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Your First Thanksgiving

plate of food

Blaine Moats

Endure 14 hours of labor? Check. Nurse throughout the night, forgoing months of sleep? Check, check. Serve a Thanksgiving meal for your family -- with everything just the way everyone loves it? Help!

Let's face it: This task can be daunting, even after you've mastered motherhood, the toughest job around. After all, how do you get the bird on the table, juicy and piping hot, before the candied yams and green bean casserole go stone cold? Rest easy. We talked to moms to find out how they worked though the hiccups of hosting their first Thanksgiving to help yours go smoothly.

Sure, hosting means you don't have to travel, but it also means you'll probably have some houseguests. That can be great (think extra sets of hands to hold the baby), but it also means getting your house ready. One month before Thanksgiving, LaShaune Stitt-Clemons, of the Bronx, New York, begins tackling tasks: "I start working on a color scheme for the table, the guest list, and the number of courses I'll serve." You might need to dig out a good tablecloth from storage. As the mother of four kids (Darren Jr., 16, Alexis, 5, Taryn, 21 months, and Tariq, 3 months), this mom has learned that hosting overnight guests properly requires advance thought. "Start working on sleeping arrangements no less than three weeks before the big event," Stitt-Clemons says. "This helps you figure out what you don't have enough of -- such as towels, linens, and extra toothbrushes -- and you can determine if you have enough dishes, glasses, and serving trays."

"You're a new mom with lots to do, so this is not the time to prove that you're Betty Crocker," says Sandy Jones, coauthor of Great Expectations: Baby's First Year (Sterling), who is also a grandmother. "Make it as easy as you can." That's why Camille Bodnar, of Pittsburgh, hosts a potluck. "I do the turkey and stuffing with my mother's help, and I ask my guests to bring something specific," says the mom to Dominic, 1. "We also use Crock-Pots for items like the green bean casserole so we can free up some room in the oven. So far, each year has been a huge success!"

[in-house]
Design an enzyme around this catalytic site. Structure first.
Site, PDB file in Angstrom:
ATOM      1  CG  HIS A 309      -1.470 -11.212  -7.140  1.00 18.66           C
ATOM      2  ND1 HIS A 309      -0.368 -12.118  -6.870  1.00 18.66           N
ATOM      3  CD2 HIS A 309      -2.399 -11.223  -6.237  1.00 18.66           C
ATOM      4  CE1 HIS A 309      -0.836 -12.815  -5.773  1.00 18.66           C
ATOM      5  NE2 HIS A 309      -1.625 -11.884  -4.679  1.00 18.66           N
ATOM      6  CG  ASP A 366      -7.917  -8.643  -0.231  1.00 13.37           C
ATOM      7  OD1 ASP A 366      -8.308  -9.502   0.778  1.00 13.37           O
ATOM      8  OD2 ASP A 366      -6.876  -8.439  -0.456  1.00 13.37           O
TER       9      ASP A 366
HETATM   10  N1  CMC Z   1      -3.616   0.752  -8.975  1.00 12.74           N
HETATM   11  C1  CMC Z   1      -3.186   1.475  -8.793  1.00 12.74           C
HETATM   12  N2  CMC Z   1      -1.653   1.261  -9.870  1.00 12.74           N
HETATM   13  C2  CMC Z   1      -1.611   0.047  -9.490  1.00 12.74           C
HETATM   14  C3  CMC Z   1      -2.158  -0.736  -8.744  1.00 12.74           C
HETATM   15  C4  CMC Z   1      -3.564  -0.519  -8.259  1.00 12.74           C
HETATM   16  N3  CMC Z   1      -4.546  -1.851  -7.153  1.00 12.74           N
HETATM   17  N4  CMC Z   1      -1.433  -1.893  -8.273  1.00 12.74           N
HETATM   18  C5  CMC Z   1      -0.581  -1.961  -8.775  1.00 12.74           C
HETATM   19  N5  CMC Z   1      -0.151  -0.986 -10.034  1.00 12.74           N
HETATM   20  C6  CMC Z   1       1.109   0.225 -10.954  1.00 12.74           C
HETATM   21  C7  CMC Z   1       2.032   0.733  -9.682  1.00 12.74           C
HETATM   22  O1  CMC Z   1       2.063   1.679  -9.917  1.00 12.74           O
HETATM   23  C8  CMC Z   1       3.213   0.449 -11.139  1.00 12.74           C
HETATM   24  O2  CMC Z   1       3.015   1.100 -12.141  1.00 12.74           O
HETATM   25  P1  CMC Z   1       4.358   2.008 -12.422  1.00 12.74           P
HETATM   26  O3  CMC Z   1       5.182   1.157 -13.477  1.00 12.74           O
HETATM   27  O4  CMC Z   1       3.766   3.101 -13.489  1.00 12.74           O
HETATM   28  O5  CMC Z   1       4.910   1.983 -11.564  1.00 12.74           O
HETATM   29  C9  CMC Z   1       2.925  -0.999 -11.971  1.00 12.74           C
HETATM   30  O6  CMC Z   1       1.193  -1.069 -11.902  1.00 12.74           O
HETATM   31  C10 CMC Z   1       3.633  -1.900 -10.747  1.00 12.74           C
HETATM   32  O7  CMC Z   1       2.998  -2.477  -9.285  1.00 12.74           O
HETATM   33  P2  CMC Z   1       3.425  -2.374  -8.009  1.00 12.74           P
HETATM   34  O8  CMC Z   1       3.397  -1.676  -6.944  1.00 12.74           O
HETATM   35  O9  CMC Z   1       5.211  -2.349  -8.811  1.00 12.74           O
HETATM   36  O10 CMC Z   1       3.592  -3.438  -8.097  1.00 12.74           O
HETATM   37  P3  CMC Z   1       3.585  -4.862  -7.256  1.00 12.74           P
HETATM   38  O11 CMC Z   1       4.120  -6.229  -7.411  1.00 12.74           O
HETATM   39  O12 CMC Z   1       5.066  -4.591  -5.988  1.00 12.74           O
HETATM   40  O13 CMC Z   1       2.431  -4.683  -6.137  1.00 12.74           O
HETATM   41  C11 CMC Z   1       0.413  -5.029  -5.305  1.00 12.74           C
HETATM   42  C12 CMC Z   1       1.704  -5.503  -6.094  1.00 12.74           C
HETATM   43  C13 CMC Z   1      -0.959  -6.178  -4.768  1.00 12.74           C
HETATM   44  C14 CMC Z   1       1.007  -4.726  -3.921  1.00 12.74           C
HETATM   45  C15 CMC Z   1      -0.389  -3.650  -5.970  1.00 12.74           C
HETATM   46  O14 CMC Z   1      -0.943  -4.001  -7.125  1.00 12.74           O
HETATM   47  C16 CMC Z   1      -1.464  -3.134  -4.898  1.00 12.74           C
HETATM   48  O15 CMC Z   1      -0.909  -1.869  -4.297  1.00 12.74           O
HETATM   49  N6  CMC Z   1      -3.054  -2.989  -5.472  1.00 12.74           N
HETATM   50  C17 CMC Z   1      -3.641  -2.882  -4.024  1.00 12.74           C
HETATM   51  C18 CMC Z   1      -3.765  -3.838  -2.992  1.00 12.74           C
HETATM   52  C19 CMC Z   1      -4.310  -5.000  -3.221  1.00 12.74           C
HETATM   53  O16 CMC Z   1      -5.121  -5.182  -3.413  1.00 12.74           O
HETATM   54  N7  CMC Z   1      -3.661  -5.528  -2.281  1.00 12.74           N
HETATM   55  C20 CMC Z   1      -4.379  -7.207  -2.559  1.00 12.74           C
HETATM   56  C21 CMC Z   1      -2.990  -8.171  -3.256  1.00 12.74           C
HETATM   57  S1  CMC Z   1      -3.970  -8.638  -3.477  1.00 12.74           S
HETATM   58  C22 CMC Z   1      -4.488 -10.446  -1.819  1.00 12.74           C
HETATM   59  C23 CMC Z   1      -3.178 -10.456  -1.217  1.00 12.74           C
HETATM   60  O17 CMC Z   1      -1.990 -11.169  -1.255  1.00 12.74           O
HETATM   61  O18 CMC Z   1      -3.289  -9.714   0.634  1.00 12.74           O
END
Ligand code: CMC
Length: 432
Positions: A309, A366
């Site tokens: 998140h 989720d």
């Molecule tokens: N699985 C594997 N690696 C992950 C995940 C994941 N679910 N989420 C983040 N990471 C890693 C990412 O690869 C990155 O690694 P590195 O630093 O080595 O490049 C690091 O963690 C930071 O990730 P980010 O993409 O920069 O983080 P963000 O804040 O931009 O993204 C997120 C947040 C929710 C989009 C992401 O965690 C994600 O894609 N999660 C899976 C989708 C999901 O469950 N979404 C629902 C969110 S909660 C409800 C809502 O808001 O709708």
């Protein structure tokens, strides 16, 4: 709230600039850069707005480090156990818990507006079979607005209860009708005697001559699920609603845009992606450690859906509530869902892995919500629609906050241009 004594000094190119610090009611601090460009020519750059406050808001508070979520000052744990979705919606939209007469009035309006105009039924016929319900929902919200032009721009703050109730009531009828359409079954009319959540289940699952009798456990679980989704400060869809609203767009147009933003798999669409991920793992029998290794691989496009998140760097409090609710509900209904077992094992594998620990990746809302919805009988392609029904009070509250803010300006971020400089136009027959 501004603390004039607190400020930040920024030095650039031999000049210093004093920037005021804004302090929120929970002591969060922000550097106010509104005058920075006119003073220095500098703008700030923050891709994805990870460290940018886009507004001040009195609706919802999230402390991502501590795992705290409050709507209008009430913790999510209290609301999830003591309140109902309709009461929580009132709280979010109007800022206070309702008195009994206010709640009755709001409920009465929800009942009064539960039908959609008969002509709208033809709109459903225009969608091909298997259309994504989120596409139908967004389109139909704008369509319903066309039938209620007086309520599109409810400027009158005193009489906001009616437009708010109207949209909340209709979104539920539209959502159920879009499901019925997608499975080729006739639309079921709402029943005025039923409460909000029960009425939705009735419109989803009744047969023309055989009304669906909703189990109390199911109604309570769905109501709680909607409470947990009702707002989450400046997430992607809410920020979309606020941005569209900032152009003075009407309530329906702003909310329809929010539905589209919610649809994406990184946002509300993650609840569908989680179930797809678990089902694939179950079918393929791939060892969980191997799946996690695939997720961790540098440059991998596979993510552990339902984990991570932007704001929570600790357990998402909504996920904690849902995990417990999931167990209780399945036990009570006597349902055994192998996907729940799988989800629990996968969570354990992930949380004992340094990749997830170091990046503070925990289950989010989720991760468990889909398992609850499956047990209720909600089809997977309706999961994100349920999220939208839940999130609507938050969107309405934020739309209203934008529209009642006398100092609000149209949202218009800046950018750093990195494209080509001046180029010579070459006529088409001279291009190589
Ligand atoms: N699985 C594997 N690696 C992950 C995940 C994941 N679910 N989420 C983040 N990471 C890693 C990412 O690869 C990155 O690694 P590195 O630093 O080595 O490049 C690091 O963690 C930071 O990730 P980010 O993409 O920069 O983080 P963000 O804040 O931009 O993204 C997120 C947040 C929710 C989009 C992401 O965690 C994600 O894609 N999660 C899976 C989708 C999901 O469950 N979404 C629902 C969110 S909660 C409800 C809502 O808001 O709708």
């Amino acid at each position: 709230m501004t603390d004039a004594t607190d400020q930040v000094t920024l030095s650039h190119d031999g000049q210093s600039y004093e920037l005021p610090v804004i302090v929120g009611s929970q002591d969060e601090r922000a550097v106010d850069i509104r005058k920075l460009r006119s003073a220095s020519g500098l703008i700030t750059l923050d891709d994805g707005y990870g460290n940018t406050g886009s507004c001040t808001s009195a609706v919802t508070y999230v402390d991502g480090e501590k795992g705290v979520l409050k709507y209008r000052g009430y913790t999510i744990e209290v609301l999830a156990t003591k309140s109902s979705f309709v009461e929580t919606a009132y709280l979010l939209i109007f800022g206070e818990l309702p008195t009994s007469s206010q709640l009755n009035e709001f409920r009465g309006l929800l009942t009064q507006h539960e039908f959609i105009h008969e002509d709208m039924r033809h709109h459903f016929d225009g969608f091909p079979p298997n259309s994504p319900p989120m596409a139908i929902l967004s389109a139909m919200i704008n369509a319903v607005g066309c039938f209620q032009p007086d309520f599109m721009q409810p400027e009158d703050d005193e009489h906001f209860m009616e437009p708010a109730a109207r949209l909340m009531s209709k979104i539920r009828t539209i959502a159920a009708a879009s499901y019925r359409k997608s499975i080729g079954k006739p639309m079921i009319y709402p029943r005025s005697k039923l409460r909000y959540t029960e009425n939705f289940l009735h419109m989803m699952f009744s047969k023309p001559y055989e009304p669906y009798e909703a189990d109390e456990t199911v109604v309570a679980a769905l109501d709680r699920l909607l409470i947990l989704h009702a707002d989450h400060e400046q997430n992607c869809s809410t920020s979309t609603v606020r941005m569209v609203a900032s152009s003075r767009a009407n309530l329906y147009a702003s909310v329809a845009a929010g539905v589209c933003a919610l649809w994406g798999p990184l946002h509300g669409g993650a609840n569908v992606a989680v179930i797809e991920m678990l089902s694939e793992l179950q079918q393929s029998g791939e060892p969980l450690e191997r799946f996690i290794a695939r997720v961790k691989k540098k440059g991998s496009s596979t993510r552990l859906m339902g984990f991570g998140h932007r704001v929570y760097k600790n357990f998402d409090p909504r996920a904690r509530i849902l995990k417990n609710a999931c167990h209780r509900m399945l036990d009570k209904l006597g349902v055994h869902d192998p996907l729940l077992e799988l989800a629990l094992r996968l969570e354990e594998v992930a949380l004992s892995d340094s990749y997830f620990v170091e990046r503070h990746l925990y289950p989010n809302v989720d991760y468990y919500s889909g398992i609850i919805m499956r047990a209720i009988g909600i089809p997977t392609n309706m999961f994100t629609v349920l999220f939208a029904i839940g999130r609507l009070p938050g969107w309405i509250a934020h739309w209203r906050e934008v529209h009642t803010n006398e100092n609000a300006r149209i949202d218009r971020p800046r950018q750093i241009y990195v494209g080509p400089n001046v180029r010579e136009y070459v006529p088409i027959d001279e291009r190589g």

Many people shuttle between both sides of their family at the holidays, which can be a drag. The year her first son was born, Lisa Shenton, of Farmington Hills, Michigan, put an end to that exhausting tradition: "We were really tired of eating two turkey dinners, so we invited both sides of the family and planned a dinner for 20!" says the mother to Cole, 3, and Luke, 1. To make it work despite having only one oven, Shenton and her husband invested in a turkey fryer: "We fry one turkey and bake the other." Since she asks each person to bring something, "we never feel overwhelmed, and we don't have to worry about everything coming out of the oven at the same time or about overcrowding the oven. It makes the day a treat for everyone!"

For Fern Lehmann, of Richmond, a play-by-play plan is key to taking stress out of the holiday. What works for this mother of four boys -- Brad, 24, Andrew, 19, Eric, 17, and Benjamin, 11 months -- is to "sit down and write a menu of everything I plan to serve." Next to each item, Lehmann notes who will prepare it. Then she makes her grocery list according to the menu. "Write on your calendar which days you are going to do each task," she says. For example, if she's serving dishes that can be prepared in advance, she notes when she'll make them. "You can also jot down when you plan to clean, shop, and decorate your home," she says. "Writing it down helps you visualize your schedule and plan for anything you might have otherwise forgotten."

Copyright © 2007. Used with permission from the November 2007 issue of American Baby magazine.